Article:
10:31, July 18 196 0 theguardian.com

2019-07-18 10:31:07
Former Tory minister accuses government of failing to ban torture

Conservative former ministers and human rights groups have accused the government of failing to outlaw torture as it published fresh guidance on the treatment of detainees abroad and refused to launch a judge-led inquiry into post 9/11 rendition cases.

Almost a year after parliament was told there would be a response within 60 days, the Cabinet Office secretary, David Lidington, said it was not necessary to carry out any further investigations and that the government was under no legal obligation to do so.

Lidington’s statement was condemned in the Commons by former Tory ministers, including David Davis who warned that the decision would be subject to legal challenge.

Dan Dolan, deputy director of the civil liberties organisation Reprieve, accused the government of breaking its promise to parliament, the public and those who had been tortured during the so-called war-on-terror.

He said: “Tweaked Whitehall guidance doesn’t provide redress for victims, most of whom remain in the dark as to the government’s role in their mistreatment. By refusing to deliver on its commitment to hold a fully independent inquiry, the government has failed to fulfil its legal responsibility to independently investigate allegations of torture and hold those responsible to account.

“Reprieve is exploring legal action to challenge this decision. If we do not learn the lessons from this period in British history we are doomed to repeat them, and the risk of this has never been higher with a US president who has endorsed the use of waterboarding and threatened ‘a hell of a lot worse’.”

Last year parliament’s intelligence and security committee (ISC) found that the UK had planned, agreed or financed 31 rendition operations. In addition there were 15 occasions when British intelligence officers consented to, or witnessed, the use of torture, and 232 occasions when the intelligence agencies supplied questions to be put to detainees whom they knew, or suspected, were being mistreated.

On Thursday Lidington told MPs: “The government has decided that it is not necessary to establish a further inquiry. There is no policy reason to do so, given the extensive work already undertaken to improve policies and practices in this area.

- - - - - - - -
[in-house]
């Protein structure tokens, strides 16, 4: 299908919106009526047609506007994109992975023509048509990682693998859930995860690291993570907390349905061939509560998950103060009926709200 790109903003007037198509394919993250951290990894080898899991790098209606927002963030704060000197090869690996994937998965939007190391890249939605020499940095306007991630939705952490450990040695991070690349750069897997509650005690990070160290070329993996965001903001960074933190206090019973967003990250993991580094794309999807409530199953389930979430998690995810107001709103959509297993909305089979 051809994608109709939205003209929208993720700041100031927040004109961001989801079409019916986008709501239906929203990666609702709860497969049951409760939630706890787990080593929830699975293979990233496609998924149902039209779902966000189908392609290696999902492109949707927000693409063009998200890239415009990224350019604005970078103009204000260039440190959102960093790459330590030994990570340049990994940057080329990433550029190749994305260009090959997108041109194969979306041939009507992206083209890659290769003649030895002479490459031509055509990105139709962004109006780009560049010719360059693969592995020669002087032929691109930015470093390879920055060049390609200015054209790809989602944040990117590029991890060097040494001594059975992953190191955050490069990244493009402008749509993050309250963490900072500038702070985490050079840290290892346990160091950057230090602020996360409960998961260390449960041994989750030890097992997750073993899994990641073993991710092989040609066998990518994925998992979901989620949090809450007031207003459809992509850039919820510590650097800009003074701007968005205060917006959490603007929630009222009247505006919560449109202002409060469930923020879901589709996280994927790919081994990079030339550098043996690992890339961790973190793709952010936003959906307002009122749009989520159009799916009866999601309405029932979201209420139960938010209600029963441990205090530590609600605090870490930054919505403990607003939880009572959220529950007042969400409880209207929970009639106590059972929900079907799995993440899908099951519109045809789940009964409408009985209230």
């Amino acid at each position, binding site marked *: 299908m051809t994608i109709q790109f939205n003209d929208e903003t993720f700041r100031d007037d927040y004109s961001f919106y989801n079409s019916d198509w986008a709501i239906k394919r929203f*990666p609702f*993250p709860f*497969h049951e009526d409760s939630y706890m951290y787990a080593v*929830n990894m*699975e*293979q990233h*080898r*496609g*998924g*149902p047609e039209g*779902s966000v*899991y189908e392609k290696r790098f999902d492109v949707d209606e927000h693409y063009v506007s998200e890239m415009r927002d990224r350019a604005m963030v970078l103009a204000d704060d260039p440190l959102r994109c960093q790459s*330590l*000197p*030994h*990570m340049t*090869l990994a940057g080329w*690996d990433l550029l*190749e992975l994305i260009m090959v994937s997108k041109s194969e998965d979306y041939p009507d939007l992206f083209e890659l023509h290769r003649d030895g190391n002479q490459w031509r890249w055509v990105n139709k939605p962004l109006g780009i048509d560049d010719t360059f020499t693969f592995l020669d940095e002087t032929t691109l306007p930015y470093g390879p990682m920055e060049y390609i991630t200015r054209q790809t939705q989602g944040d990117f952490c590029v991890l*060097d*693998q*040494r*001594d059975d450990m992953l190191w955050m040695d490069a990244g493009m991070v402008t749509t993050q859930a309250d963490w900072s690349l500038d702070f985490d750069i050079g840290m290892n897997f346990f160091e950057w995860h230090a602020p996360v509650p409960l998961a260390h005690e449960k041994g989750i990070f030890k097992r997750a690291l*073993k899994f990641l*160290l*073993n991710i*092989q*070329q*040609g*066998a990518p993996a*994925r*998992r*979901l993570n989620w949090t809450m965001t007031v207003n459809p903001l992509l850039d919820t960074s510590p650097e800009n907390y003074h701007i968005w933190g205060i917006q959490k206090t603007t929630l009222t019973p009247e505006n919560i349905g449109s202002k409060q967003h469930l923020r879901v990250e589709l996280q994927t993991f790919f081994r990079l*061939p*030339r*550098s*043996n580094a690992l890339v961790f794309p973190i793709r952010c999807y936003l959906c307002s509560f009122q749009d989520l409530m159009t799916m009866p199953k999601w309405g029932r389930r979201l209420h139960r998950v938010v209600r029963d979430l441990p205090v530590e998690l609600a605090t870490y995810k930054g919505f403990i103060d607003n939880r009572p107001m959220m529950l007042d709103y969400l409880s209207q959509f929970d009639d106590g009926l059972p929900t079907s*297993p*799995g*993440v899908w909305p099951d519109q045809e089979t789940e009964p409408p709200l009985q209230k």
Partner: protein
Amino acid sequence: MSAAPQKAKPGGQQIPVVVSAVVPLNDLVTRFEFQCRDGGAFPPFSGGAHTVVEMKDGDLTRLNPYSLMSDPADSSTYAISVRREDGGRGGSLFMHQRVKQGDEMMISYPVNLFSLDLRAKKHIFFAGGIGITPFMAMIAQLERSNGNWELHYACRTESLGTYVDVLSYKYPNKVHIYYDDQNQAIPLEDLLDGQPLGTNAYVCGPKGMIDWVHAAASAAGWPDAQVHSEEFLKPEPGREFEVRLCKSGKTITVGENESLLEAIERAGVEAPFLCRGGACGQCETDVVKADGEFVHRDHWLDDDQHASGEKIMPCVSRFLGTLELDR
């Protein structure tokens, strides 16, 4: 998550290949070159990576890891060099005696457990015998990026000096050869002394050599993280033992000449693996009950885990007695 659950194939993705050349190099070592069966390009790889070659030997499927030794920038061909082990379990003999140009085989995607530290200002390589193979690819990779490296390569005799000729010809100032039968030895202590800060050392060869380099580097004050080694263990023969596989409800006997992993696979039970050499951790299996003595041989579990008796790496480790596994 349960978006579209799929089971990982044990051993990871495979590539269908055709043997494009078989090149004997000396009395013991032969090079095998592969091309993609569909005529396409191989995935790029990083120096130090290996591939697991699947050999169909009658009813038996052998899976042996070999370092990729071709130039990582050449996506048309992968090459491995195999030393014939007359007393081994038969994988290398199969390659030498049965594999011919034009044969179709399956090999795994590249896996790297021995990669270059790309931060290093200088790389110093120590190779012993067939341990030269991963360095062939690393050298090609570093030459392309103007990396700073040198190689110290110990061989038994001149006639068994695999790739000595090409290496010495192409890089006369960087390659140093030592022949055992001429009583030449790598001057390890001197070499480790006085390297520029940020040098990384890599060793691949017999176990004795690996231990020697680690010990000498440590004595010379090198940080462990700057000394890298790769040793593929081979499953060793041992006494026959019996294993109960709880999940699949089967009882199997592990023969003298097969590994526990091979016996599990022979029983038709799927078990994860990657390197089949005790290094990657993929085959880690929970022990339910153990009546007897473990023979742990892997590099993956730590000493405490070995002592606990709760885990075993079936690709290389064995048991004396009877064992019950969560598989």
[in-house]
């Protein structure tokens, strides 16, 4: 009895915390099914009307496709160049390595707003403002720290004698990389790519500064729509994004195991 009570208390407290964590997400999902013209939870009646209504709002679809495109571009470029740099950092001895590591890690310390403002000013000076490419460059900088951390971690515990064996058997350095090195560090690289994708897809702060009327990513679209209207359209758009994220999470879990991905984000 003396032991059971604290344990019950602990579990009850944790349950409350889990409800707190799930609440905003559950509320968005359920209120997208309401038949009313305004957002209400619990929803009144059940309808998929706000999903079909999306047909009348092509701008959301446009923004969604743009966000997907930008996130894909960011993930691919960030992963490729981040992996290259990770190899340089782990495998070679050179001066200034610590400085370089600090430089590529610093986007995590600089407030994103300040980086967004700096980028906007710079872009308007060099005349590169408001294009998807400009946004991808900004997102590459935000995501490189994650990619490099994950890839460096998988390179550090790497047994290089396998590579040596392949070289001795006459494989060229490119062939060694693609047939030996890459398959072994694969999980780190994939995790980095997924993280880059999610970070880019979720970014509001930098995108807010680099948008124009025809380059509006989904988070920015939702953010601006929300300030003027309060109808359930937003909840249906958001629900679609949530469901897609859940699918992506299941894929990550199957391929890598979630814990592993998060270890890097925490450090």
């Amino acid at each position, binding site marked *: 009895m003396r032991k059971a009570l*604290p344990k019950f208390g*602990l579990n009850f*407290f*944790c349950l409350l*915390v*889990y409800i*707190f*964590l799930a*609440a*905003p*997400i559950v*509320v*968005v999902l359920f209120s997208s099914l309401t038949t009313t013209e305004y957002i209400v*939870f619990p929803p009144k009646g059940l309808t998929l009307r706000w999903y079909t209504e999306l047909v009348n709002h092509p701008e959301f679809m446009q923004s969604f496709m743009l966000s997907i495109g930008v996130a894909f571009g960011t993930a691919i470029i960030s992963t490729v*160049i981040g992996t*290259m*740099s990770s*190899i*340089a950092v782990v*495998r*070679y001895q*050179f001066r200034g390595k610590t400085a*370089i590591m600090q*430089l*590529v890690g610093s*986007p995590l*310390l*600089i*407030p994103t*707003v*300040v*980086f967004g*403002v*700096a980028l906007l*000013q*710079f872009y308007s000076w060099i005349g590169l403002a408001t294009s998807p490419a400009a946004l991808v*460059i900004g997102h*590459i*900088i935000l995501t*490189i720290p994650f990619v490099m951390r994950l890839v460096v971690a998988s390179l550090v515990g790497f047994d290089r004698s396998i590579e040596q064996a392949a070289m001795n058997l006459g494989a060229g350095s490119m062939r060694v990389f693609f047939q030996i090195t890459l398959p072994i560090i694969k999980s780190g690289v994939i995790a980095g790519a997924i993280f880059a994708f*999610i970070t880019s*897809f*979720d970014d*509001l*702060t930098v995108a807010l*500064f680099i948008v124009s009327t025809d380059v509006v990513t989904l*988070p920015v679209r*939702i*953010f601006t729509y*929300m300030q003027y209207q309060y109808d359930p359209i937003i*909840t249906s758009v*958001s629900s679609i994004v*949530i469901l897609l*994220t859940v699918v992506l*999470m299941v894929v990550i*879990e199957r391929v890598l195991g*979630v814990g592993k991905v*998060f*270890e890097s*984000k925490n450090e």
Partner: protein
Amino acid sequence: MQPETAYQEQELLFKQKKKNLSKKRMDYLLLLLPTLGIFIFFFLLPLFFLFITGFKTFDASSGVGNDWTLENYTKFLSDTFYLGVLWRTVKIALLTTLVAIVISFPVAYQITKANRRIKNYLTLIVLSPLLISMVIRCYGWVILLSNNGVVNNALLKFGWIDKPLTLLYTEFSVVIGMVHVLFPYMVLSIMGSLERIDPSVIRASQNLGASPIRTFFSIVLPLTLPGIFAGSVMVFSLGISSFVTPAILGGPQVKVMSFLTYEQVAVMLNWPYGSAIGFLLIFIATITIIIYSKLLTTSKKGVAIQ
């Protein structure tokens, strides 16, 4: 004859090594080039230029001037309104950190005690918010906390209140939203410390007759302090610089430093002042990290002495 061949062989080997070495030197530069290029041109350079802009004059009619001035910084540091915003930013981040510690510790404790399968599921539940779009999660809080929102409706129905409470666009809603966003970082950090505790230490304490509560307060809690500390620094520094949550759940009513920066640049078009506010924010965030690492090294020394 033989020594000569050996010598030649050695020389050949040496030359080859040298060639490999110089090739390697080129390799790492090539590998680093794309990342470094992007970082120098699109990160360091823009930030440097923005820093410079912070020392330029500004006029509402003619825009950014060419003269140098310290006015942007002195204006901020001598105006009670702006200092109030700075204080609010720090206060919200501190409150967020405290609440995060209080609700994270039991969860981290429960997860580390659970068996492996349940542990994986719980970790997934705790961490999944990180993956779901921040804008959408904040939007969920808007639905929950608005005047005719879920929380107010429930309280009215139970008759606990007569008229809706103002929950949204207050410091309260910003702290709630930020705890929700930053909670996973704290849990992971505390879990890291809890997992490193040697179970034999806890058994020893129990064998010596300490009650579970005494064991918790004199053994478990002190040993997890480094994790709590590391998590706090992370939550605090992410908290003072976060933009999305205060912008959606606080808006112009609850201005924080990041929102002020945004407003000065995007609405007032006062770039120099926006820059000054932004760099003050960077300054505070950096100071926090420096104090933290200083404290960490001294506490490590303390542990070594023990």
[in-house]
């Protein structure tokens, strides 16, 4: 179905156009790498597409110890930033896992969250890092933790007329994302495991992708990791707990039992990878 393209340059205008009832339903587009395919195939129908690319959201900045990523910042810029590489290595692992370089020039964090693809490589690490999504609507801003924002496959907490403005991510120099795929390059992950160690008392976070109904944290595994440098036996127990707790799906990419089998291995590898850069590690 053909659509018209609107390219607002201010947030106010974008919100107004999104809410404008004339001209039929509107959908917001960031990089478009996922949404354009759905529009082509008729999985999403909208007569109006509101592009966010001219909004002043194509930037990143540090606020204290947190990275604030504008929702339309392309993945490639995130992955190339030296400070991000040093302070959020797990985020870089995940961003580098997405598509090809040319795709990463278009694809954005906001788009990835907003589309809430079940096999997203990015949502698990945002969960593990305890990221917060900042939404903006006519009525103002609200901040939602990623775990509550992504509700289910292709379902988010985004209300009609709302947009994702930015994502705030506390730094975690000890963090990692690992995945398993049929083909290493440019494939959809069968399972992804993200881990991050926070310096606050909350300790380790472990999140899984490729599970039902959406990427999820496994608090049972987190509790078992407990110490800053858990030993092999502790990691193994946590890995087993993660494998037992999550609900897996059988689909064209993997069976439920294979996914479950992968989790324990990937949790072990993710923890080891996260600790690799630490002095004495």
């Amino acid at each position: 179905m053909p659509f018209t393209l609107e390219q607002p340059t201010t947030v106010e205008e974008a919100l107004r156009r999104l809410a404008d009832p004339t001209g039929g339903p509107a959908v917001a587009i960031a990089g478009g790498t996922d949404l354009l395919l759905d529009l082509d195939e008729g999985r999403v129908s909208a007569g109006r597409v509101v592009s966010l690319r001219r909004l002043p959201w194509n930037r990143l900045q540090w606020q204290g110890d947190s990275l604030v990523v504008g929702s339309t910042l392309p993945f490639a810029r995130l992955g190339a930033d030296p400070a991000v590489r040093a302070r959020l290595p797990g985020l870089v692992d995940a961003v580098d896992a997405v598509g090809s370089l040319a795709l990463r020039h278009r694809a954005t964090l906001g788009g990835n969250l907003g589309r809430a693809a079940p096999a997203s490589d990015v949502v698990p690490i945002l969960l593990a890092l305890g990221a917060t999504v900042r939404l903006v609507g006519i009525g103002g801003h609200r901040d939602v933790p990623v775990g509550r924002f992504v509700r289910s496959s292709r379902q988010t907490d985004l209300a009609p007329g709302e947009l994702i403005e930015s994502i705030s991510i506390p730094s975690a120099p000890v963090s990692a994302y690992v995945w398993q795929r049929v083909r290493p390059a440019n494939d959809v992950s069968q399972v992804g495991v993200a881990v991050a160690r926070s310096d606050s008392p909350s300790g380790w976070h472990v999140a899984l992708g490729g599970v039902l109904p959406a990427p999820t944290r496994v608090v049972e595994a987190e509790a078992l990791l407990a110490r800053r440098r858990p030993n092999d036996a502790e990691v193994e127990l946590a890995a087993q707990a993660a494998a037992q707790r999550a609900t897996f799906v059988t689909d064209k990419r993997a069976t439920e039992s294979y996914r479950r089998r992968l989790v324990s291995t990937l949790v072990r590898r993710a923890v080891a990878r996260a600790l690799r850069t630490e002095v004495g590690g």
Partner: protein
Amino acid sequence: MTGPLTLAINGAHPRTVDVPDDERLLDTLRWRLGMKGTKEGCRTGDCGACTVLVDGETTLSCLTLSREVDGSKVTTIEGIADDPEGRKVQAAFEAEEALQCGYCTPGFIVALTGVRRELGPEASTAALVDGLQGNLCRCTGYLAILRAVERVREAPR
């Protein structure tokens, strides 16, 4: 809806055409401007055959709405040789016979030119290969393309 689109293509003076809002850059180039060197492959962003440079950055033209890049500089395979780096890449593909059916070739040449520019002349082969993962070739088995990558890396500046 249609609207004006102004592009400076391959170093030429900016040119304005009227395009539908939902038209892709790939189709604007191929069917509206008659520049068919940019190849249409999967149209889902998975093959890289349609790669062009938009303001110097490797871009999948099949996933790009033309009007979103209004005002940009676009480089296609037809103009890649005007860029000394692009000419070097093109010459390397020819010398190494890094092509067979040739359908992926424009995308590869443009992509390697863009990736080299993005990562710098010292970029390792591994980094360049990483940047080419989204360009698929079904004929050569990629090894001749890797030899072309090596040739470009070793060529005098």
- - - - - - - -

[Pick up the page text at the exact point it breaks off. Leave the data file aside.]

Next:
“The government’s position is also that there is no legal obligation. These matters have been subject to a number of police investigations over the years, including Operations Hinton, Iden and Lydd … None of these police investigations has resulted in further action being taken, although some enquiries are continuing.”

But Davis, the former Brexit secretary, said in the Commons: “It’s quite plain that this decision will face judicial review, and that will take even more time and less closure … The government’s asking us to allow it to mark its own homework … it simply should not be allowed to do so. To the point that the government have solved the problems I’m afraid that is plainly and demonstrably not true … there is not a prohibition on ministers approving torture.

“Plainly, the government has not learned its lesson yet. There are a number of reasons for having an inquiry: legal, reputational, operational, closure, and the simple one of keeping the promise we gave. And I’m afraid, eventually, the government will be forced to that position.”

Andrew Mitchell, a former international development secretary, warned that the episode had damaged the UK’s international reputation. Richard Benyon, a Conservative member of the ISC, said the committee was being prevented from interviewing some of the officials it wanted to meet.

To coincide with Lidington’s announcement, the government released its updated Consolidated Guidance, which is supposed to restrict UK intelligence sharing where there is a risk of action leading to torture. The changes were agreed following a review of the policy by the investigatory powers commissioner, Sir Adrian Fulford.

But Reprieve said: “The changes agreed by Sir Adrian Fulford and the government, do not address the most widely acknowledged gap in the government’s policy. This new policy doesn’t expressly prohibit ministers from authorising action that risks leading to torture.”